Turn back time to 1951, when a team of remarkable researchers led Dr. Harold Johns (PhD) became the first in the world to build a cobalt-60 radiation therapy unit and the first to also successfully treat a cancer patient using the revolutionary treatment that would help save millions of lives around the world. That first cancer patient—a 43-year-old mother of four suffering from cervical cancer—would go on to live until the age of 90, with the original cobalt-60 unit used to treat 6,728 more patients over the next 21 years.
Johns’ original research team on the cobalt-60 unit—dubbed the “cobalt bomb” by members of the media—included graduate student Sylvia Fedoruk, a pioneering figure in medical science who would later become the university’s first female chancellor in 1986 and the province’s first female lieutenant-governor in 1988. Fedoruk conducted the calibration of the unit, an 11-week process to define the precise radiation depth-dose measurements to treat cancer tumours.
“It is just a wonderful story and I think it’s fulfilling to feel that I was around for the start of it all,” said Fedoruk, in an interview for Cobalt-60 at 60: The Legacy of Saskatchewan’s Innovative Cancer Treatment.
Fedoruk’s role in making medical history is also documented in the new biography, A Radiant Life, by USask historian Dr. Merle Massie (PhD).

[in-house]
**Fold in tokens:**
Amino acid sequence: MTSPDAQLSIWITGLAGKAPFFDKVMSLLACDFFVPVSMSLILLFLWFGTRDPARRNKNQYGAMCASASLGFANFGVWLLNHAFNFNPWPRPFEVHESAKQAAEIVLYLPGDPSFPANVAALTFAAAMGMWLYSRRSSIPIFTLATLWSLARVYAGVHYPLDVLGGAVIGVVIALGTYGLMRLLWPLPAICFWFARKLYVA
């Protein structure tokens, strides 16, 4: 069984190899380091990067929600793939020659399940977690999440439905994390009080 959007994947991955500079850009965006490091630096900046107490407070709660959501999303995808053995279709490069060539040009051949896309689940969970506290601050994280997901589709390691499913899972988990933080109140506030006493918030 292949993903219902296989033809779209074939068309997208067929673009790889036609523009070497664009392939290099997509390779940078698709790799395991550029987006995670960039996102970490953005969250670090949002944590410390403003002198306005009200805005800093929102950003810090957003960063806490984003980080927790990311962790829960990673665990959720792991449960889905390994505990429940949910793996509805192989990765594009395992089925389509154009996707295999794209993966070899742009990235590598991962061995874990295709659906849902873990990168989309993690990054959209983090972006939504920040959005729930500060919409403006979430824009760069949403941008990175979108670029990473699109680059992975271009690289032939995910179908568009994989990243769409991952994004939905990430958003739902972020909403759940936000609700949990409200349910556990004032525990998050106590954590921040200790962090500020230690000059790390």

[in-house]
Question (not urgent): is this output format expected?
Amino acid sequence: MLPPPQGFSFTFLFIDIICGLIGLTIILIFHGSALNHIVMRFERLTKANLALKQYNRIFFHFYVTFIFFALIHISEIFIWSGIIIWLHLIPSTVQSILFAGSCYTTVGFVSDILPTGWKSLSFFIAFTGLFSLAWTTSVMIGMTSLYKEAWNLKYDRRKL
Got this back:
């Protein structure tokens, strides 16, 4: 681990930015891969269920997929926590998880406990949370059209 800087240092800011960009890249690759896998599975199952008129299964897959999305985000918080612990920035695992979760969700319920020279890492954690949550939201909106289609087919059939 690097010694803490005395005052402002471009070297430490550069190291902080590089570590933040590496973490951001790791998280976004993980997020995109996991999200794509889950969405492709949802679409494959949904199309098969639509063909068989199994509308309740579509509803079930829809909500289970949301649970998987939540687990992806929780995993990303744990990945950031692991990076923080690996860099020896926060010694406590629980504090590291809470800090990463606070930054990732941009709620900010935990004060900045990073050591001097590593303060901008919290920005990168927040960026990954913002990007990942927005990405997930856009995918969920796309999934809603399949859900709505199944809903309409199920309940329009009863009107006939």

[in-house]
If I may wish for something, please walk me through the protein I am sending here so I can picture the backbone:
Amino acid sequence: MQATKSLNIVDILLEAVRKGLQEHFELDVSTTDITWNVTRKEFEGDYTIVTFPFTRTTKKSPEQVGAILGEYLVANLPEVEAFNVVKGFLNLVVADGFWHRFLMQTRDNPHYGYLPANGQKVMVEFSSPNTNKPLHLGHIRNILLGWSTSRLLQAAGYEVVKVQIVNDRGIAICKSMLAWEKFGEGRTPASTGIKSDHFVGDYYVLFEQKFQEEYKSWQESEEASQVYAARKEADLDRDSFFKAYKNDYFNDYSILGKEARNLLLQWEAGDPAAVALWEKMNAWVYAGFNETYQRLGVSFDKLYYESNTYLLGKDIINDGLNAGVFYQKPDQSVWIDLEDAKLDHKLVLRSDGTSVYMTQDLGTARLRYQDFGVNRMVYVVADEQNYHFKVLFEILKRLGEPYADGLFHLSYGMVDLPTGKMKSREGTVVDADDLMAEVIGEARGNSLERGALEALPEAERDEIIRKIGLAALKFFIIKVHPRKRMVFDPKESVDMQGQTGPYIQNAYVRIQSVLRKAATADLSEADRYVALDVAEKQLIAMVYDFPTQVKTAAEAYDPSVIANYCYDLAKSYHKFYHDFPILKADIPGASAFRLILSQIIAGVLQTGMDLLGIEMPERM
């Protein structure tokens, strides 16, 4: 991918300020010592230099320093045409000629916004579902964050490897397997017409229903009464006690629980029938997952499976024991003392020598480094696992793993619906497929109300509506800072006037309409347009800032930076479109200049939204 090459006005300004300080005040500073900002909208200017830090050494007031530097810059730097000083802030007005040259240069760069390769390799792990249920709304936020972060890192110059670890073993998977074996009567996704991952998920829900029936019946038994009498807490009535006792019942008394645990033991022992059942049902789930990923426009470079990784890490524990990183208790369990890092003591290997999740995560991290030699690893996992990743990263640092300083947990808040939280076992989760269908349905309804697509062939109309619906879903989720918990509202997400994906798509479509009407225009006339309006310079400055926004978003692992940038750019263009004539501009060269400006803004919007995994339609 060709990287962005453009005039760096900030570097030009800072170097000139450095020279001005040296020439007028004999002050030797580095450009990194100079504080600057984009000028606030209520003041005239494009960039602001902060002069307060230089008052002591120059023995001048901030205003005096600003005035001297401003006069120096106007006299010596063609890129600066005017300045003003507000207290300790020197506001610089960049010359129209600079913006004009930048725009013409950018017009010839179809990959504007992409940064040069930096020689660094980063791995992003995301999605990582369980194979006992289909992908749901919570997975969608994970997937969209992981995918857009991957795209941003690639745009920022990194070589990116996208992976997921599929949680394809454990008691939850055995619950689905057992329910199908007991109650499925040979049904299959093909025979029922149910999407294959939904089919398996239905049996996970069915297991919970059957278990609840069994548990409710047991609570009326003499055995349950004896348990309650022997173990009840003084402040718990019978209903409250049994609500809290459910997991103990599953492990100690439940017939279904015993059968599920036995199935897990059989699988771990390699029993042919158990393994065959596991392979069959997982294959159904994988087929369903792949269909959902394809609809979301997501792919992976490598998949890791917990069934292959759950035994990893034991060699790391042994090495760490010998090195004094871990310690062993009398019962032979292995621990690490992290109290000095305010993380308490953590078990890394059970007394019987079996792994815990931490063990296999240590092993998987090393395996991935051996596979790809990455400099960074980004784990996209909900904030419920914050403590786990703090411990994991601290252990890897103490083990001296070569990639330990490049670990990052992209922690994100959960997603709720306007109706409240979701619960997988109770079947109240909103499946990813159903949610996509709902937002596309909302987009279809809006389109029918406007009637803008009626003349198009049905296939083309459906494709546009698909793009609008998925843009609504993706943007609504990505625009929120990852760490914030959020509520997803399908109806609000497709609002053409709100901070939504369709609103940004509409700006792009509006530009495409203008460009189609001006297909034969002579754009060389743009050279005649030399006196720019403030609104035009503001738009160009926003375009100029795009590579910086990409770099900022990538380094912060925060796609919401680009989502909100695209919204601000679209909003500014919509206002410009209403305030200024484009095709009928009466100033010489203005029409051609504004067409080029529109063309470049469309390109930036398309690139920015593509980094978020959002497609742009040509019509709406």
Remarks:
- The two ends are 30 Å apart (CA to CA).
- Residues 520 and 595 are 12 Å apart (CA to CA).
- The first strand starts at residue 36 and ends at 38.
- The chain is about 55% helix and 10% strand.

The original cobalt-60 machine is now on a permanent display in Saskatoon’s Western Development Museum, a tribute to one of the first of many contributions the university has made to advancing medical research over the years.
“With its flair for trend-setting performance in medicine, Saskatchewan had led the way,” Fedoruk and Dr. Stuart Houston (MD) wrote in their 1995 book, A New Kind of Ray.
USask’s history of medical marvels helped lay the foundation for future innovation and research the world needs that continues today on campus at the Canadian Light Source (CLS) and the Sylvia Fedoruk Canadian Centre for Nuclear Innovation. The Fedoruk Centre oversees use of the university’s cyclotron—at the Saskatchewan Centre for Cyclotron Sciences—which produces medical isotopes for the province’s first PET-CT scanner that is used in cutting-edge cancer treatment. Meanwhile, the CLS—home to the country’s only synchrotron—employs a linear accelerator for research into producing medical isotopes for diagnosis and treatment.